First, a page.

Ken Gonzales-Day is a Los Angeles based artist whose interdisciplinary practice considers the historical construction of race and the limits of representational systems ranging from lynching photographs to museum displays. His widely exhibited Erased Lynching series (2006), along with the publication of Lynching in the West: 1850-1935 (2006), transformed the understanding of racialized violence in the United States and raised awareness of the lynching of Latinos, Native Americans, Asians, along with African-Americans, in California’s early history.
The Searching for California Hang Trees series offered a critical look at the legacies of landscape photography. In downtown Los Angeles, Gonzales-Day extended that research by creating a Walking Tour of Los Angeles Lynching Sites to help introduce visitors to the city’s hidden past.
Works from the Profiled Series have been exhibited internationally and grew out of Gonzales-Day’s research into the history of racial depiction found in historic expositions and educational museum displays on race across the U.S. and Europe. This project considers many of these contested objects as part of the material legacy of slavery, colonialism, imperialism, whiteness, and their place in museum collections today. Gonzales-Day is the Fletcher Jones Chair in Art at Scripps College.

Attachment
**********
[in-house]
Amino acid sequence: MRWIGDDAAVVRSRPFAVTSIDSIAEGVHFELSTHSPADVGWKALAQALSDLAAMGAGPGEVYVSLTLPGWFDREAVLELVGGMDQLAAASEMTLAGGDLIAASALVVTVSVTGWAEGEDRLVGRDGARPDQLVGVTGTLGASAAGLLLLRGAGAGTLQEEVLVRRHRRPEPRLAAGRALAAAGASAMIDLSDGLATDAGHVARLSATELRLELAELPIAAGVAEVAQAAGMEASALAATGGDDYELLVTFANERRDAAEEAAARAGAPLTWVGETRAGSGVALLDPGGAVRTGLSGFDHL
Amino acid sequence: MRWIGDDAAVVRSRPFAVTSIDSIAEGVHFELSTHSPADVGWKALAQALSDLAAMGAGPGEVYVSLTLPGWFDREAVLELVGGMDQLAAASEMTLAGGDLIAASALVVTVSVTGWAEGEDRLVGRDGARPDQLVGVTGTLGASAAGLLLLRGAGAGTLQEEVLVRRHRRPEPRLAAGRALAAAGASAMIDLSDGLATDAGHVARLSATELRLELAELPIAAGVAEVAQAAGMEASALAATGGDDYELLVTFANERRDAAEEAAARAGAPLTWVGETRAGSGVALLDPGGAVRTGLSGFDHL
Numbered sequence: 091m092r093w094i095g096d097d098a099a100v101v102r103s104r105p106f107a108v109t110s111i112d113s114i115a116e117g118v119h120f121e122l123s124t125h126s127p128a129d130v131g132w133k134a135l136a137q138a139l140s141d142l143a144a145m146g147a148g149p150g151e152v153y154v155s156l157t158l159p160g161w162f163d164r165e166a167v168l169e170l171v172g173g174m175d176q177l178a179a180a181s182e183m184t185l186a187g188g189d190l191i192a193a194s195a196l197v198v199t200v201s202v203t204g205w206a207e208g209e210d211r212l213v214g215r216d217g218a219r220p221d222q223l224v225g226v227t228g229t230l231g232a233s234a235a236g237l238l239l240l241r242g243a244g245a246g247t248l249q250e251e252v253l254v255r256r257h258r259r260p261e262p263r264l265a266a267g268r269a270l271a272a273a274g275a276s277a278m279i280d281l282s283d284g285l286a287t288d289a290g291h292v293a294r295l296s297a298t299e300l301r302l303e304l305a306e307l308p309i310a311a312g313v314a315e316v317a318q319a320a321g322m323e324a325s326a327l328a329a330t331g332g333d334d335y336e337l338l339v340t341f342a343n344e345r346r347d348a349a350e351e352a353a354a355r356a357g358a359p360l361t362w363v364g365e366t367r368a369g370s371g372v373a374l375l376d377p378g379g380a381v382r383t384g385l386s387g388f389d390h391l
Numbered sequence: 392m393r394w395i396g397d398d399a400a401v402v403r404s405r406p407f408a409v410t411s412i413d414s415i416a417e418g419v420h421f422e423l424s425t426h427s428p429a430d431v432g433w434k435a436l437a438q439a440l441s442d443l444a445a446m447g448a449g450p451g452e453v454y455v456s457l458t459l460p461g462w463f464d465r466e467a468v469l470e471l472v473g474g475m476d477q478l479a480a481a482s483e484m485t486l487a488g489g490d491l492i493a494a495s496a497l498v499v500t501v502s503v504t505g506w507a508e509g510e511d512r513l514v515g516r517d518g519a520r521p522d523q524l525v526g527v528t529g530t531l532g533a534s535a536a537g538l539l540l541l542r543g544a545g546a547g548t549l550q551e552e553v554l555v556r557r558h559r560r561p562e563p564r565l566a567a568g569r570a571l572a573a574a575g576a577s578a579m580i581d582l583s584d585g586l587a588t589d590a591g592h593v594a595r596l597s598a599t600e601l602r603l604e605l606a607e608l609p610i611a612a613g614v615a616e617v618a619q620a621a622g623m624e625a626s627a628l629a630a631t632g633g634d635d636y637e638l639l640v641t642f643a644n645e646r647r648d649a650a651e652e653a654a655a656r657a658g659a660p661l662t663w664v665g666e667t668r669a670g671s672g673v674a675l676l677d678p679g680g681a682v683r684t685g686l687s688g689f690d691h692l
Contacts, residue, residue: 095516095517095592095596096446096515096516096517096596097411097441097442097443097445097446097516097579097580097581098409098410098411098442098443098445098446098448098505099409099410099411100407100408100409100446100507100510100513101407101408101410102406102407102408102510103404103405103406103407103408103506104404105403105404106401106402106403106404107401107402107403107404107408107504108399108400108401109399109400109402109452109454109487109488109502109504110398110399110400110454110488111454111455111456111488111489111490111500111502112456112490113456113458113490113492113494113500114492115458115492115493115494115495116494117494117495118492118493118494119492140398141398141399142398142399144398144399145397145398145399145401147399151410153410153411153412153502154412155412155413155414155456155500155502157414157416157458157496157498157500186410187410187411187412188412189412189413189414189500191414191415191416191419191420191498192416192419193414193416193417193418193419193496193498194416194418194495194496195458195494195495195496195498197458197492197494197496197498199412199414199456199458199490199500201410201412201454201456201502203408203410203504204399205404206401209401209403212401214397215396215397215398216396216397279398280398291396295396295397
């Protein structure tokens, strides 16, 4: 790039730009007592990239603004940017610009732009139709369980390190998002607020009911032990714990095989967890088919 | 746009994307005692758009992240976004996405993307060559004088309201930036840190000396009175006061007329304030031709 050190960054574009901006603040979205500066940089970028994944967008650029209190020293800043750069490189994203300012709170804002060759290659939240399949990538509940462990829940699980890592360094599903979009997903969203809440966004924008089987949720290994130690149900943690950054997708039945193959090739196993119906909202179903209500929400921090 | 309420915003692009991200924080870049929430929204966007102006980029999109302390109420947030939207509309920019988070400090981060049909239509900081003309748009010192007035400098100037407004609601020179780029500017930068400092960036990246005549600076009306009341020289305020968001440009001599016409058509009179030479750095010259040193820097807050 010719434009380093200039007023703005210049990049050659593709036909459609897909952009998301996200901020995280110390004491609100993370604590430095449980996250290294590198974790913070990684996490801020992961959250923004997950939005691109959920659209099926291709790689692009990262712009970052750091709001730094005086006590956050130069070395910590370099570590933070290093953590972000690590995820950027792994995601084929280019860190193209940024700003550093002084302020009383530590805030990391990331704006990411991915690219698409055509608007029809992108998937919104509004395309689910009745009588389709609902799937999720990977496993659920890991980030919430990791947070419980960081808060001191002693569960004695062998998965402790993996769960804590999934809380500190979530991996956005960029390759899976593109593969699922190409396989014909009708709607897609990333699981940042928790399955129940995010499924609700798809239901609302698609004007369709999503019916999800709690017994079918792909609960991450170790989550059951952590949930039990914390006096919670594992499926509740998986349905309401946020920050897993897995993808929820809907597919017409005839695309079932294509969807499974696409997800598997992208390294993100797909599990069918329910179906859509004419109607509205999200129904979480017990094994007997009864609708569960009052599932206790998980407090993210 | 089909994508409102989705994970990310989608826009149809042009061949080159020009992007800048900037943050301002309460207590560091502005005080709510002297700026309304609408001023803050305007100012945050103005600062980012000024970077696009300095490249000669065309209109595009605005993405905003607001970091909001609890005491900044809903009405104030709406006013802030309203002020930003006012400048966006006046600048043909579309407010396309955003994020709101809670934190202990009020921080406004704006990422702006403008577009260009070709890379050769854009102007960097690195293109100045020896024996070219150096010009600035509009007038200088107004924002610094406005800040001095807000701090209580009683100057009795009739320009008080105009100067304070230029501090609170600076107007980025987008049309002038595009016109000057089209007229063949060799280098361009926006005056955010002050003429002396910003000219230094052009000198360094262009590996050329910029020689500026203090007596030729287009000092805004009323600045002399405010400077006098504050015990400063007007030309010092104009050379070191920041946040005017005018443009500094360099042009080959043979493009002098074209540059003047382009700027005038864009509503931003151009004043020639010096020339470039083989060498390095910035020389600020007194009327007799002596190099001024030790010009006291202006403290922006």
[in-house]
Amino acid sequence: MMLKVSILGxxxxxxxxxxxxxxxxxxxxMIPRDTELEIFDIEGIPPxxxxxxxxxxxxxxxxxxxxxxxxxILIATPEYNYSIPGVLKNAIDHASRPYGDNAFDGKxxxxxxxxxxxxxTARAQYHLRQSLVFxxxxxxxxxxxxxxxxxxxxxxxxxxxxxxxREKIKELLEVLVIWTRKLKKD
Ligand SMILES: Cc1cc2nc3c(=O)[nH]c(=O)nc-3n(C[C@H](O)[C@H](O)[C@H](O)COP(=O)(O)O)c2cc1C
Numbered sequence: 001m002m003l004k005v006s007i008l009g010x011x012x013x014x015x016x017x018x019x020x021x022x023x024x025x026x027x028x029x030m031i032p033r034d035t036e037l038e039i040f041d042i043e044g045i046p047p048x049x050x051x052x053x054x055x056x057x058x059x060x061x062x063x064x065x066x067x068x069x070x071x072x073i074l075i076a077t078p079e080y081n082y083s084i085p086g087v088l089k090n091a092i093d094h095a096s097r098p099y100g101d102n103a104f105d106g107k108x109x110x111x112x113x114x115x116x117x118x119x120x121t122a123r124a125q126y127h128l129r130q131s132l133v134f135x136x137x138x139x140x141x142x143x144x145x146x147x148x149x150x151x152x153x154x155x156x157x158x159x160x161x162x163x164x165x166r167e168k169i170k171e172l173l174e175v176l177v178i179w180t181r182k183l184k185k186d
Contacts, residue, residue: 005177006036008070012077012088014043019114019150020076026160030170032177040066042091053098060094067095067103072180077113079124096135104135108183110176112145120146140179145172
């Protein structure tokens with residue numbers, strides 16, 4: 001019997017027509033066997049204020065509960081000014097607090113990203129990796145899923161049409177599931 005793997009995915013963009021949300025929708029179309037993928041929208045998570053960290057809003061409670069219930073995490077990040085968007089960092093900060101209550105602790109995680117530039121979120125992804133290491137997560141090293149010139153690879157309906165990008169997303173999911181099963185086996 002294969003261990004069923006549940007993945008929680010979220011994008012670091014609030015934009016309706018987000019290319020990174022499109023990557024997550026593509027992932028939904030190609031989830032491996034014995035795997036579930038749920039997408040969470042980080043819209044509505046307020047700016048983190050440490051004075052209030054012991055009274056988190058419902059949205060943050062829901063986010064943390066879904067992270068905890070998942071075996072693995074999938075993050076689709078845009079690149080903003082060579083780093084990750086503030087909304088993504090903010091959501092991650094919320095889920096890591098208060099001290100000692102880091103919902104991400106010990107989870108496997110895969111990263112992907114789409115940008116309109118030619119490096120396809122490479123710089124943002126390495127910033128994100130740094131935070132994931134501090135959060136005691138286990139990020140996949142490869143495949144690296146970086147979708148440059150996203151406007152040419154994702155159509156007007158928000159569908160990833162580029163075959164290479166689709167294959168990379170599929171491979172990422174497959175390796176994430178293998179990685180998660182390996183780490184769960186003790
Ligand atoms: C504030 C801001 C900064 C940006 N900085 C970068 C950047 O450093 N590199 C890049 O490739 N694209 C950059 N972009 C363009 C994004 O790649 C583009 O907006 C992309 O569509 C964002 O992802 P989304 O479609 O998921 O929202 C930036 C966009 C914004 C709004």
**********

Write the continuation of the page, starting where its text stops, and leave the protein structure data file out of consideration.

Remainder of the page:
Gonzales-Day received a BFA from Pratt Institute in Brooklyn, an MFA from the University of California Irvine, and an MA from Hunter College in NYC. He is a Professor of Art at Scripps College in Claremont, CA. where he has taught since 1995. His work has been widely exhibited including: LACMA, Los Angeles; LAXART, Los Angeles; Tamayo Museum, Mexico City; Palais de Tokyo, Paris; The New Museum, NYC; Generali Foundation, Vienna, among others. In 2017, he was awarded a Guggenheim Fellowship in photography.
(photo by: Wally Skalij)
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